Bridgman was born in Belchertown, Massachusetts, and graduated from Amherst College (1826) and Andover Theological Seminary (1829). In response to the urging of Robert Morrison of the London Missionary Society and of pious American merchants who offered free passage, Bridgman was ordained and was appointed for service in China by the American Board of Commissioners for Foreign Missions in 1829.
He arrived in Canton in 1830, where he was welcomed by Morrison. He studied Chinese and soon began the literary labors to which he devoted much of his life. In 1834 he became the first joint secretary of the Society for the Diffusion of Useful Knowledge; he was a founder of the Morrison Education Society and its president for many years, and active in organizing the Medical Missionary Society in China (1838). Later he edited the journal of the North China branch of the Royal Asiatic Society. In 1832 Bridgman started a mission press and began publication of the Chinese Repository, which he edited until 1847. From 1839 to 1841 he worked at Macao, preparing a Chinese chrestomathy to aid in language learning. During negotiations to secure American access to China, Bridgman assisted as translator and adviser from 1842 to 1844. Shortly after baptizing his first convert he moved to Shanghai in 1847, where he was primarily occupied in working on Bible translation, his version appearing shortly after his death.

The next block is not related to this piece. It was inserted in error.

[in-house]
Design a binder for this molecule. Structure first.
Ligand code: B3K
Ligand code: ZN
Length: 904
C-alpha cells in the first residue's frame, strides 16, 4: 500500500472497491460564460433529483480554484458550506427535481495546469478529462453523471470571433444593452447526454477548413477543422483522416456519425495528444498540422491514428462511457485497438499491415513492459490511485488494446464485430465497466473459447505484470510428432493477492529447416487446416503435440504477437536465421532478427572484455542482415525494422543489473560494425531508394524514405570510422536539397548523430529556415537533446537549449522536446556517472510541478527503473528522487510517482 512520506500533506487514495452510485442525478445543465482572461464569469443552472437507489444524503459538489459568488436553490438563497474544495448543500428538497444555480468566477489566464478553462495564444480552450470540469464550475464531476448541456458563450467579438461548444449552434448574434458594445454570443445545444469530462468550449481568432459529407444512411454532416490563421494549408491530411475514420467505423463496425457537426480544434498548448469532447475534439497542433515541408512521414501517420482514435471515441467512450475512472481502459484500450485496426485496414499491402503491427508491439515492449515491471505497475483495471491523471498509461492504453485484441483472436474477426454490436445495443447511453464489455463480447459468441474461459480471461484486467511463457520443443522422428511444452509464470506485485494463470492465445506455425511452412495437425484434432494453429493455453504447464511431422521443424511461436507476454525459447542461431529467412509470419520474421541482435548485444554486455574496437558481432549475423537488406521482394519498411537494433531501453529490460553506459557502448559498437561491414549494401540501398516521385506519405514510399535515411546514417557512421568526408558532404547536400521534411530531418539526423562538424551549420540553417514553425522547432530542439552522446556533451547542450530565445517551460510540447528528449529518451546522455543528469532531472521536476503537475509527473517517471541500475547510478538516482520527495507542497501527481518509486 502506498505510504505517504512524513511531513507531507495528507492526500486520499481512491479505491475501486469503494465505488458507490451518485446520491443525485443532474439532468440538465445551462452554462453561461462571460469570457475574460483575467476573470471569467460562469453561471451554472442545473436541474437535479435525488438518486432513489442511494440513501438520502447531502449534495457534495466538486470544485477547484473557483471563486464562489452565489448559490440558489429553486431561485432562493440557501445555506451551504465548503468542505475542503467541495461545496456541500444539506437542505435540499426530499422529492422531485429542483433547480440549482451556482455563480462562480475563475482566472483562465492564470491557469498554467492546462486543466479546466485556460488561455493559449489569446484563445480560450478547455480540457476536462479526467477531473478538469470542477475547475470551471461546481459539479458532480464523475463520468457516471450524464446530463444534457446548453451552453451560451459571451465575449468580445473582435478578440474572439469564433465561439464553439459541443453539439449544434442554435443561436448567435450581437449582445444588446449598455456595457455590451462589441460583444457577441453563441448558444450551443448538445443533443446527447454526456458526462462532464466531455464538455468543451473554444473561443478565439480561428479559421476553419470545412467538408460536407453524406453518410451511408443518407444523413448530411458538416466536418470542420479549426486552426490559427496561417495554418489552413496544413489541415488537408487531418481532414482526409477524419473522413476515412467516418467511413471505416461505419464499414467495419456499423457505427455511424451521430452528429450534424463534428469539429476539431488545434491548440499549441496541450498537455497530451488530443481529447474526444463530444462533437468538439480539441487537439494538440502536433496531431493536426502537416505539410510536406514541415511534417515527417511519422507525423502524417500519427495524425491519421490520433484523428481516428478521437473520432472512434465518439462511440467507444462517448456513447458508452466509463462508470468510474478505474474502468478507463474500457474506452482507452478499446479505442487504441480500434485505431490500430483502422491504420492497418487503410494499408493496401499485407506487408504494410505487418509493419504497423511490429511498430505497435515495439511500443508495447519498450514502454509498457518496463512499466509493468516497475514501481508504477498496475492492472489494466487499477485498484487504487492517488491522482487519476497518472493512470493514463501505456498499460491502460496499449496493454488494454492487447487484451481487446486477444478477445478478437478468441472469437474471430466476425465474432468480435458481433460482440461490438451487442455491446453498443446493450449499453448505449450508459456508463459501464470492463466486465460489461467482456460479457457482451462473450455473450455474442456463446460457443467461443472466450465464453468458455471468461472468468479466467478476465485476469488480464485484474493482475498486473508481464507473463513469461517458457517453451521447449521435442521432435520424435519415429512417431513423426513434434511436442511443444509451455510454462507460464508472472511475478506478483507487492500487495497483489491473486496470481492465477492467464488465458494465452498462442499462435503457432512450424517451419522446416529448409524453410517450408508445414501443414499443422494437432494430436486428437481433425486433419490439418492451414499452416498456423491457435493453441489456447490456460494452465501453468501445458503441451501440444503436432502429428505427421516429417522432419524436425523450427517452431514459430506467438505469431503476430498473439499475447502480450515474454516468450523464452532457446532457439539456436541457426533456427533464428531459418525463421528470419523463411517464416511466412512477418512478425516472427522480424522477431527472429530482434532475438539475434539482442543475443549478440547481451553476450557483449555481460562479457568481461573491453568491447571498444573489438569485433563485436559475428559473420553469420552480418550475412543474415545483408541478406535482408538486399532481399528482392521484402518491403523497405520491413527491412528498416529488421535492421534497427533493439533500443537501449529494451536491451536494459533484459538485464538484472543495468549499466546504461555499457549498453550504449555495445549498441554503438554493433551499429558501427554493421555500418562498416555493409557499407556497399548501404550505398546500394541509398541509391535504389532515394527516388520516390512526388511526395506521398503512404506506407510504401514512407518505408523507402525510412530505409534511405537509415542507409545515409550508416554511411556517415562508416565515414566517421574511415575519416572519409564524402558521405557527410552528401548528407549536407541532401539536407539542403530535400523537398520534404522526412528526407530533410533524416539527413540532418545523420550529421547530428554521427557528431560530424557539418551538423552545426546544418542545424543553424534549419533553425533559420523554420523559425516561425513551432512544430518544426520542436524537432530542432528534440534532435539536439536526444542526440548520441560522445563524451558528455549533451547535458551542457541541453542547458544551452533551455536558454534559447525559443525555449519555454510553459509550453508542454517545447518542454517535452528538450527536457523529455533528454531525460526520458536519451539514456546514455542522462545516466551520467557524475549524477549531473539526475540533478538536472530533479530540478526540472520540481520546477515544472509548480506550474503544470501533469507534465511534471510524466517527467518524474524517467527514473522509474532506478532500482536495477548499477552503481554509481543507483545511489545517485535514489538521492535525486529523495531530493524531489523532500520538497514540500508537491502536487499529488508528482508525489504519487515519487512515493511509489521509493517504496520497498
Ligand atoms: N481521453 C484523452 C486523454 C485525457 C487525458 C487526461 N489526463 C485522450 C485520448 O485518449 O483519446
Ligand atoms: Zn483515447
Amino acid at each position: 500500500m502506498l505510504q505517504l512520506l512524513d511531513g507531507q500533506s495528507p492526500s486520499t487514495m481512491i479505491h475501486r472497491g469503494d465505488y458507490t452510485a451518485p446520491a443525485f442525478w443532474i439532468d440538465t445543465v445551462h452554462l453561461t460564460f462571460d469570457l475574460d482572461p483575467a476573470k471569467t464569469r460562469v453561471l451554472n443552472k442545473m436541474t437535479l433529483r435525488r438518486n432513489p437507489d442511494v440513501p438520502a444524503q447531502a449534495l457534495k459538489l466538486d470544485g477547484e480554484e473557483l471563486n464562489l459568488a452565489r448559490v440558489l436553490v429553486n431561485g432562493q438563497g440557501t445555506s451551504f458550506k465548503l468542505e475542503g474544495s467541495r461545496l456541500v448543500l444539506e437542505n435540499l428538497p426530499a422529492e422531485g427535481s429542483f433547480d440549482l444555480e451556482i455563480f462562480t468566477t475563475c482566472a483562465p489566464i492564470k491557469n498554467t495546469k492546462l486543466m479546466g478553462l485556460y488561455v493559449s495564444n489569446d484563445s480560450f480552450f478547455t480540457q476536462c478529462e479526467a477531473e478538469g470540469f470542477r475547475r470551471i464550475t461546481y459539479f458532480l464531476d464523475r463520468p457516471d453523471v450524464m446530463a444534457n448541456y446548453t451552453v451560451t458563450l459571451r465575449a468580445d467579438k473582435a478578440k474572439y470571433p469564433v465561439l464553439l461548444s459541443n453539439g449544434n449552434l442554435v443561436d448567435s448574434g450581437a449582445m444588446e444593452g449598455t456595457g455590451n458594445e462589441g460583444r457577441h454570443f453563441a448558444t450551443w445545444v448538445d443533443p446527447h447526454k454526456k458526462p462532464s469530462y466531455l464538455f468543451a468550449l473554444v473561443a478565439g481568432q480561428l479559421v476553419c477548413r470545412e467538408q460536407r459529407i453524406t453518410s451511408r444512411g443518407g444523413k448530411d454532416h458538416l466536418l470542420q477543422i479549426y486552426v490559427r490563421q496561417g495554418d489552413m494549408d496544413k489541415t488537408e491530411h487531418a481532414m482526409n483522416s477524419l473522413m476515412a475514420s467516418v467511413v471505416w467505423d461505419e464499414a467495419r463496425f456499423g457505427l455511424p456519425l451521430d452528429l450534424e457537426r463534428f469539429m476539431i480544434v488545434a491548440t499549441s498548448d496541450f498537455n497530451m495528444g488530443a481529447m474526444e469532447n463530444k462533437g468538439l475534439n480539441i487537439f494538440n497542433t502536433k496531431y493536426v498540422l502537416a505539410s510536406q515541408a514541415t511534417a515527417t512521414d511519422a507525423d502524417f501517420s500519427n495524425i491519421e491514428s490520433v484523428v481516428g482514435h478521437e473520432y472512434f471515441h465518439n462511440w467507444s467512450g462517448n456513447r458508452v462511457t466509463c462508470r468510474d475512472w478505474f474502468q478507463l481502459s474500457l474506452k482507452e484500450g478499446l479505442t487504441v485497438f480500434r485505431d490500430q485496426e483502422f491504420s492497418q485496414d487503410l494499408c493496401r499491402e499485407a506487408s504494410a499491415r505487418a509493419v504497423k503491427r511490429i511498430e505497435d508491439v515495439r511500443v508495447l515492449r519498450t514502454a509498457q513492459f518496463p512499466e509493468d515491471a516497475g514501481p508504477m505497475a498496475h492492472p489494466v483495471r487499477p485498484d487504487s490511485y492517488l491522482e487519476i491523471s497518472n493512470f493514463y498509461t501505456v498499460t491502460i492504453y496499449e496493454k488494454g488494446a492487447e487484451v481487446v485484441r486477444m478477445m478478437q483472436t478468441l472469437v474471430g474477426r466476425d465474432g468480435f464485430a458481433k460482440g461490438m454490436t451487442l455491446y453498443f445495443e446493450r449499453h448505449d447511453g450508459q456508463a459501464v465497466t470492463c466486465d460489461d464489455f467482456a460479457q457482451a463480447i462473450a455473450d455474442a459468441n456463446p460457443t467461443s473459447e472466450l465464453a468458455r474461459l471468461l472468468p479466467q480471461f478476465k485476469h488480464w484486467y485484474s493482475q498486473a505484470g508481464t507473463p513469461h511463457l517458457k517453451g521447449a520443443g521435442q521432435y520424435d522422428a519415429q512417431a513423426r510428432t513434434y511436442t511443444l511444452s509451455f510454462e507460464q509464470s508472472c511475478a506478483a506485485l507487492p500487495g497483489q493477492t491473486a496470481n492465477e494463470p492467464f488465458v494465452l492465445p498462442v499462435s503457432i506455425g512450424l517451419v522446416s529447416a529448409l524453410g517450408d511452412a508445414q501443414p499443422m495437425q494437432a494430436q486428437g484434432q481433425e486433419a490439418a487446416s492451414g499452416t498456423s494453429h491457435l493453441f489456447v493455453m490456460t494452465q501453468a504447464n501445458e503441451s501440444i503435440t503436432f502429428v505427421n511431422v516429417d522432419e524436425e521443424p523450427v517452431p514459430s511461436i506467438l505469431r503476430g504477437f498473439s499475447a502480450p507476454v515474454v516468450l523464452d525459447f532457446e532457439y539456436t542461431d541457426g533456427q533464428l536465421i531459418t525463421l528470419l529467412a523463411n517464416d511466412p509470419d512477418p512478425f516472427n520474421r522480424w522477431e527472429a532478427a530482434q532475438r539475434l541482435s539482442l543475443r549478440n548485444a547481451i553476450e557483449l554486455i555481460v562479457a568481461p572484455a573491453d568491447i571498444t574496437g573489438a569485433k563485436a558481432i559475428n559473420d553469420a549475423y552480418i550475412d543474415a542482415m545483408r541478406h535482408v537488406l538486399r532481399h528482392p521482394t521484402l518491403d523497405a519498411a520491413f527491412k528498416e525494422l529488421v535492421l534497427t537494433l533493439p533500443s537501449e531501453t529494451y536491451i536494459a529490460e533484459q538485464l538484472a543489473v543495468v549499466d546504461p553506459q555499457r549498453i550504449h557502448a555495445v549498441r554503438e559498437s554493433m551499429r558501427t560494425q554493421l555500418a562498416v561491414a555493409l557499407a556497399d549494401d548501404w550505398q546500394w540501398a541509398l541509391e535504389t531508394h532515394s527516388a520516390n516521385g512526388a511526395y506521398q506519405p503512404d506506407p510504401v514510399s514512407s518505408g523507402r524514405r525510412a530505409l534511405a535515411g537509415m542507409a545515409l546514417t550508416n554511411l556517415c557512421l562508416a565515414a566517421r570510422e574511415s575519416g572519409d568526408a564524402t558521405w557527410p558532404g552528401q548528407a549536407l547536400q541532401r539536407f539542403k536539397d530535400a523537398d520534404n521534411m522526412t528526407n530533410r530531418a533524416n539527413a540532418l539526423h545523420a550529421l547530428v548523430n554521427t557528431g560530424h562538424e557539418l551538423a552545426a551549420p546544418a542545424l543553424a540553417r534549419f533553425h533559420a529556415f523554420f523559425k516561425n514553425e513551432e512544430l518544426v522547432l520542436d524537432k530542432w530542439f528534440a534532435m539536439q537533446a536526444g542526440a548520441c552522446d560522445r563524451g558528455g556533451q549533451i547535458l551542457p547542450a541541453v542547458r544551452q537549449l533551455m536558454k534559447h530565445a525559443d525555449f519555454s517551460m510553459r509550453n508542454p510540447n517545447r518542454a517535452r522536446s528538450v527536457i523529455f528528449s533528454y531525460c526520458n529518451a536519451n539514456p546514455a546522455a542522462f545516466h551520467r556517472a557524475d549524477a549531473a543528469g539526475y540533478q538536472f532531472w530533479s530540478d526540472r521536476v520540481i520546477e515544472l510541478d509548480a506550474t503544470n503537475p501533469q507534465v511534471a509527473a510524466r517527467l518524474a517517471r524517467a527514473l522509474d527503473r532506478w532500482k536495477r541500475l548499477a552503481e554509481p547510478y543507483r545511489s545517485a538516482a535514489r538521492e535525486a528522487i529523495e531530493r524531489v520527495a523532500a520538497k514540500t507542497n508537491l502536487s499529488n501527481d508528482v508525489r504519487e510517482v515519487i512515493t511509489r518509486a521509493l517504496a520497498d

In 1845 Bridgman had married Eliza Jane Gillett, an American Episcopalian missionary. She had founded and managed for 15 years the first girls’ school in Shanghai. After her husband’s death she moved to Peking, secured substantial property and started Bridgman Academy, noted for educating a large number of Chinese women leaders.
This article is reprinted from Biographical Dictionary of Christian Missions, Macmillan Reference USA, copyright (c) 1998 Gerald H. Anderson, by permission of The Gale Group; Wm. B. Eerdmans Publishing Co., Grand Rapids, Michigan. All rights reserved.
Eliza Jane Bridgman, The Life and Labors of Elijah Coleman Bridgman (1864). Missionary Herald 58 (1862): 75-78 and 68 (1872): 110-112, provides informative obituaries of Elijah and Eliza Bridgman, respectively. Eliza’s Daughters of China, or Sketches of Domestic Life in the Celestial Empire (1853) has an introduction by Elijah.